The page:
Bobby Orr could fly, like Superman or Peter Pan.
Tonight, 49 years after Orr flew in Game 4 of 1970’s Stanley Cup final, the Boston Bruins and St. Louis Blues will meet in another Game 4, this time with the Bruins leading the series 2-1 in games.
Orr ended the final series in 1970 with a gravity-defying goal that’s among the most famous in NHL history. A statue celebrating that moment — Orr in midair, the goal scored, the Cup secured — is outside Boston’s TD Garden.
And a small-scale version of it is right here in Buffalo, on the 12th floor of Delaware North’s downtown headquarters. This one is near the office of Jeremy Jacobs, the billionaire Buffalo businessman who is chairman of the company and the longtime owner of the Bruins.
I visited Jacobs in 2016 — to talk about a report the company had commissioned on the future of sports — and marveled at the airborne Orr. It’s not easy to capture the weightlessness of flight in the weighty medium of metal.
Jacobs bought the Bruins in 1975, five years after Orr’s goal. The magic moment didn’t happen on his watch, but no worries: When you buy the Bruins, you buy their history, too.
The stunning view from Jacobs’ office is of Lake Erie as it flows into the Niagara River. Beyond is Fort Erie, Ont., home of Fort Erie Race Track. When Jacobs was a young man, working in the family’s sports concessions business, his territory included racetracks in southern Ontario.
“Horse racing is almost nonexistent today,” Jacobs told me in 2016. “If we had looked out into the future, maybe we would have reacted differently. But we didn’t foresee it.”
The report is all about the future. The statue is all about the past — bronze poured over a skeleton of steel, roughly 1,000 pounds of sacred memory unveiled in Boston in 2010 for the 40th anniversary of The Goal, as it has come to be called.
The split-second before Orr’s overtime goal was the last moment in NHL history that did not include the Buffalo Sabres as a member. Orr’s forever goal ended the 1969-70 season, heralding the birth of the Sabres and Vancouver Canucks, who would join the NHL as expansion teams for the 1970-71 season.
The Goal offers other local connections. The quicksilver assist on the give-and-go goal came from Bruins center Derek Sanderson, a native of Niagara Falls, Ont. And Scotty Bowman, a resident of our region for decades now, was the Blues’ coach then.
Bowman would spend one more season in St. Louis and then take over the Montreal Canadiens. He wanted to name a son Stanley, as in the Cup, but his wife said he would have to win one first.
They had a son born in Montreal a month or so after the Canadiens won Bowman’s first Cup in his second season there. Sure enough, they named him Stanley and he would grow up in Buffalo after his father arrived to coach the Sabres.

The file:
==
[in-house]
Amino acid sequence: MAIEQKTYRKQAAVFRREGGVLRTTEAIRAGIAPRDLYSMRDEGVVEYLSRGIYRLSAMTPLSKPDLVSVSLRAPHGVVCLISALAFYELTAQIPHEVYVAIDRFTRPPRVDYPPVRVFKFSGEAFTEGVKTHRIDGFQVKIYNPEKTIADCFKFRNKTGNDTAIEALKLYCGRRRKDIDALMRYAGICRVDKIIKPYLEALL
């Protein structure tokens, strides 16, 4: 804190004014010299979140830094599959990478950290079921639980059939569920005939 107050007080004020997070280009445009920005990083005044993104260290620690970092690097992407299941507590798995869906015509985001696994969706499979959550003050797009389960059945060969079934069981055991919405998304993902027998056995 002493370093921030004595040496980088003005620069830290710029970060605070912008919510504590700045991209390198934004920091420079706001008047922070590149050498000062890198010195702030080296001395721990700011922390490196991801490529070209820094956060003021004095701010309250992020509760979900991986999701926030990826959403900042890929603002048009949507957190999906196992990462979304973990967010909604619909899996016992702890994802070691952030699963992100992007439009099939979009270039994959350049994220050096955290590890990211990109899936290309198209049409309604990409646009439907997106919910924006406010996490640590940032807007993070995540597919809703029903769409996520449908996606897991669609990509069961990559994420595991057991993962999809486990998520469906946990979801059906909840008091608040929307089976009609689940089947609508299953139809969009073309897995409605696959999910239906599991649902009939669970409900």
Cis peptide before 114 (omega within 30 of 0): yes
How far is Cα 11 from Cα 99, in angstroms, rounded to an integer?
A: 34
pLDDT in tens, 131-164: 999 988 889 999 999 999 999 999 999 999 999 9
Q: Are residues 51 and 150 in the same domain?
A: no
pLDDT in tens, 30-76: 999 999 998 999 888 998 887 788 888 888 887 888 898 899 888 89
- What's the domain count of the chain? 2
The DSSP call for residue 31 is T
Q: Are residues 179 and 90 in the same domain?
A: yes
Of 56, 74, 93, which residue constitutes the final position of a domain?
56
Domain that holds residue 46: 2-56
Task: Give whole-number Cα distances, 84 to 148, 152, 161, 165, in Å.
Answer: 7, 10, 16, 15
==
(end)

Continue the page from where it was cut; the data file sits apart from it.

Stan Bowman would graduate from Canisius High School and Notre Dame and today is the three-time Cup-winning general manager of the Chicago Blackhawks — the team that his father beat to win his first Stanley Cup, as fate would have it.
Orr’s aerial goal ended a four-game sweep 4:40 into overtime, so it lacks the drama of a Cup-winning goal scored in, say, a seventh game or a fourth overtime. What makes it so memorable is something as low-tech as a photograph taken for a newspaper.
Even in the age of YouTube, where The Goal can be summoned anytime online in video form, it is the photo taken by the late Ray Lussier for the Boston Record-American that informs our collective memory.
Orr cuts in front of the goal and defenseman Noel Picard catches Orr’s left ankle with the blade of his stick. That’s what sends Orr horizontal to the ice — hoist by his own Picard, as Michael Farber put it in Sports Illustrated.
"He soars for eternity wearing a look of rapture and amazement,” Farber wrote, “hockey’s Peter Pan.”
Peter Pan is the boy who doesn’t grow up. This story is populated by boys who do.
Orr was 18 when he first played for the Bruins in 1966 and a boyish 22 when he scored The Goal. He’s 71 now.
Bowman was 34 when he first coached the Blues in 1968. He would go on to win the most games (1,248 regular season, plus 233 more in the playoffs) and most Cups (nine) of any coach in NHL history. He’s 85 now — and the son he named for Lord Stanley’s chalice wins Cups of his own these days.
Jacobs was 28 when his father died and he took over the family business in 1968. He is on the cusp of 80 now. His sons, Jerry Jr. and Lou, are co-CEOs of Delaware North while son Charlie is CEO of the company’s Boston holdings, which include TD Garden — and the statue that freeze-frames high-flying hockey history.
The Goal was scored in Boston, against St Louis, but no one should be surprised that Buffalo angles echo through the years. They always do, somehow.